A Taste of the Inside
by Lu Donovan
“We explore digestion as a model for collaborative and collective care.”
The day I sat down with The Efforts of Moving Through Together: A Zine, I was visiting a friend who had just prepared us cups of digestive aid tea. Following a smorgasbord picnic in little tupperware containers, I was belly full and sipping on baobab leaves, ready finally to dig into Issues 1 and 2, “The Small Intestine” and “Mouth and Esophagus.”
My hands adjusted to the small object, my fingers tried to act nimbly as they flipped through the pages. Meandering into the world of Issue 1, I found collages, poems, and QR codes linking to videos and an accompanying SoundCloud playlist. The music started, a chorus of cavernous echoes, and I imagined being aboard a Ms. Frizzle adventure, driving deep into the folds of a small intestine.
The two zines are part of a six-issue series that explore different sections of the gut tube. Shannon Murphy, the project steward, has assembled a group of ten artists that now join her in research and content contribution. The cohort has been working on gut research, exploration, and meditation since 2016, weaving through praxis, performance, and written media. Both issues begin with an intro that sets up the practice as a dance, “Dance, reflective and active/Dance as people in motion.” Though a skeptic could argue that zines are of the written medium and therefore not dance, these paper objects propose frameworks that bring attention to movement on our insides during a time when much of the world still feels so stagnant. To me, that’s a dance. Created in January and April 2021, I appreciate that the zines propose other forms of togetherness outside of a FaceTime, a Zoom rehearsal, or an outdoor distanced attempt at a hangout. “We’ll get through this together,” claim 2020’s TV ads, a mass corporate attempt to touch on a shared pandemic experience. The title of Murphy’s zine also proposes a “moving through together,” and I’m curious to know, who’s included in this “together?”
At Murphy’s Dark Moon two years ago, I sat as witness to this ensemble’s gut meditation performance, fully envious of their participation in the group praxis. The dancers, a similar, though “ever-motile” collective, swayed into and out of each other’s limbs, communicating so clearly with such little speech. The group swooped me away; I was completely engulfed by their melodramatic swirls. I remember wanting to be inside their improvisation, knowing how sensational it feels to follow pleasure and link with others’ movement desires. Sitting around the stage’s perimeter, still on the outside, I wondered about the sharing, the making-visible, of this practice.
The zines did something similar for me. Like getting a peek into a clique’s inside jokes, I read and gained just a taste of the group-created intimacy. “The sound of Michele walking through the grass and crunching leaves. She’s walking across my diagram,” scribbles Megan Quinn in a photograph of her notebook. The sentence “the crickets do not want fried onions” shows up repeatedly through Issue 2, a strange phrase whose context only the group understands.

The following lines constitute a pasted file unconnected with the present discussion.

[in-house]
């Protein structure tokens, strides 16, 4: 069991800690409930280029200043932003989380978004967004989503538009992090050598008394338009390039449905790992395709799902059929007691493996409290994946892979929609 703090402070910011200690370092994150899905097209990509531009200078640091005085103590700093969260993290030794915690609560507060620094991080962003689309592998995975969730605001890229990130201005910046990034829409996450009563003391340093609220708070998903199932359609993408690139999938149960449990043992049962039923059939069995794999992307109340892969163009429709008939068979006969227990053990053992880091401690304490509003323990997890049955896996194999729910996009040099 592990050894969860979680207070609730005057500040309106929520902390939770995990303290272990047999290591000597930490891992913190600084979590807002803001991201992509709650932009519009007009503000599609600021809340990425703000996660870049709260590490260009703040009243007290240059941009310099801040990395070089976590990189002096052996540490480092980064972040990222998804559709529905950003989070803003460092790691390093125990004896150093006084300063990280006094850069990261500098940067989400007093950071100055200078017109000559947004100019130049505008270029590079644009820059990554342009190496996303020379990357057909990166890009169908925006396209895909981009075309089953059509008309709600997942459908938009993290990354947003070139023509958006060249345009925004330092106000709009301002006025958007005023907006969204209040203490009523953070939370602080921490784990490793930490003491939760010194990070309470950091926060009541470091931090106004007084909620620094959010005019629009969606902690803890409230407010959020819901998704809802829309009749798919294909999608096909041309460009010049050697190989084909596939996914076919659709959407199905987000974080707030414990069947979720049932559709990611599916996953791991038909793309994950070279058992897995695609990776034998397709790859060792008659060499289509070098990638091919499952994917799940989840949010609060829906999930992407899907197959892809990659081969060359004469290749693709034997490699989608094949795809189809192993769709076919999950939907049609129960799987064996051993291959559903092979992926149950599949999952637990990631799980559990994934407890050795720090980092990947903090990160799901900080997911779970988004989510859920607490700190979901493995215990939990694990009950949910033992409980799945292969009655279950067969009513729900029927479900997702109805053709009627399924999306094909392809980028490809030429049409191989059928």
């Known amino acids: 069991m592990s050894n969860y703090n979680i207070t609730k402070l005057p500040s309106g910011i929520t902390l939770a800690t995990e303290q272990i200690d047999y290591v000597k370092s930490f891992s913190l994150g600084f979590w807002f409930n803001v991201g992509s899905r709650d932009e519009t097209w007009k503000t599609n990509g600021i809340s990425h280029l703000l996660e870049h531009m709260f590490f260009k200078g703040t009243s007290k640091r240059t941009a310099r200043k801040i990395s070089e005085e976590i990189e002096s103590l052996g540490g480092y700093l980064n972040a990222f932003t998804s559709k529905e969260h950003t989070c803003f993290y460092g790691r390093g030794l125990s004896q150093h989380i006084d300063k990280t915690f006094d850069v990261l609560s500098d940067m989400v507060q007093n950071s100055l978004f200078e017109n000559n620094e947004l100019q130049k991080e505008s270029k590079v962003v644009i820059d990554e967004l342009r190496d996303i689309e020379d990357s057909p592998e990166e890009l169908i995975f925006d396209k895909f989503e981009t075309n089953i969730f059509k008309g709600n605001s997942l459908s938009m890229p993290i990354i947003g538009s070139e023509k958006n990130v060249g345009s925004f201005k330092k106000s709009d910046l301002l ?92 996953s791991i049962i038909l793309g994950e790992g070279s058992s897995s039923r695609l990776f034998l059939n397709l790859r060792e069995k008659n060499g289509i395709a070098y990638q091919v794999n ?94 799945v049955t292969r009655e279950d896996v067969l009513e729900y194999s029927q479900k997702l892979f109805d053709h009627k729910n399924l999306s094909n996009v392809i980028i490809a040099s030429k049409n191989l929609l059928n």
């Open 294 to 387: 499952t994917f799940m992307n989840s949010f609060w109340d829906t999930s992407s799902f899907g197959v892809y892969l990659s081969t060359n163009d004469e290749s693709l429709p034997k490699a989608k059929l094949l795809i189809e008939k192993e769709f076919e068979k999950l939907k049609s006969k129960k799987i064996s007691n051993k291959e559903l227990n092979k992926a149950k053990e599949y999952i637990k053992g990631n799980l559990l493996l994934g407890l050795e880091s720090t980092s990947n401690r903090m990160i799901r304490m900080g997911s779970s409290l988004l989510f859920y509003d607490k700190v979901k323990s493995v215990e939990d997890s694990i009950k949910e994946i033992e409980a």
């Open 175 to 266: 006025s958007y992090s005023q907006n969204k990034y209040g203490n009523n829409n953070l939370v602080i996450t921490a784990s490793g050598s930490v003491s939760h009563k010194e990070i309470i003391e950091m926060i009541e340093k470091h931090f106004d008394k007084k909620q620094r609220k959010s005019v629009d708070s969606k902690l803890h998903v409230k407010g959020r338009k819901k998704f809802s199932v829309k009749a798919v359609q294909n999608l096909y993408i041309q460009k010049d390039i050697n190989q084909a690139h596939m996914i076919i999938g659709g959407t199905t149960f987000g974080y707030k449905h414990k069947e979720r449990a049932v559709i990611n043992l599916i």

In reading, I’m instructed to “lick a page or two—not the edges! Watch out for paper cuts! Dry tongue—wet your tongue and swallow.” At times, I’m welcomed into sections of the meditation that correspond with the mouth and esophagus. “The Small Intestines: A Field Map” explains how this organ of absorption can be a blueprint of how we transform and sustain revolution. In Issue 2, I’m invited to reflect on what’s next with William Robinson’s “Begin,” an 8-page offering on ways to start. These bite-sized snacks leave my appetite wanting more.
Murphy’s group shares their internal dances (and poems, and collages) of moving together, proposing templates of what could be. Knowing that this process was led by their guts, an anatomical system I too can explore as a model of care, I started to consider the relationships in my life that mirror those formed inside these itty bitty pages.
After 2 years of engaging with this work, I’m still challenged by what their performances and publications stir up in me. There’s something here about feeling on the outside but still included. Like traveling through a digestive tract, I’m not here to stay as part of the collective body, but still able to witness their systems at work. I’m in awe of the sacredness of their inner world, an environment that absorbs, decomposes, transforms and begins and becomes something new. In fact, I’m moved to follow Murphy’s lead and feel deeper into my gut, to learn from a pre-existing system on how to move toward worlds, large and small, of care.
Shannon Murphy and collaborators, The Efforts of Moving Through Together: A Zine, Volume 1, Issue 1: The Small Intestine, January 2021.
Shannon Murphy and collaborators, The Efforts of Moving Through Together: A Zine, Volume 1, Issue 2: Mouth and Esophagus, April 2021.
By Lu Donovan
July 25, 2021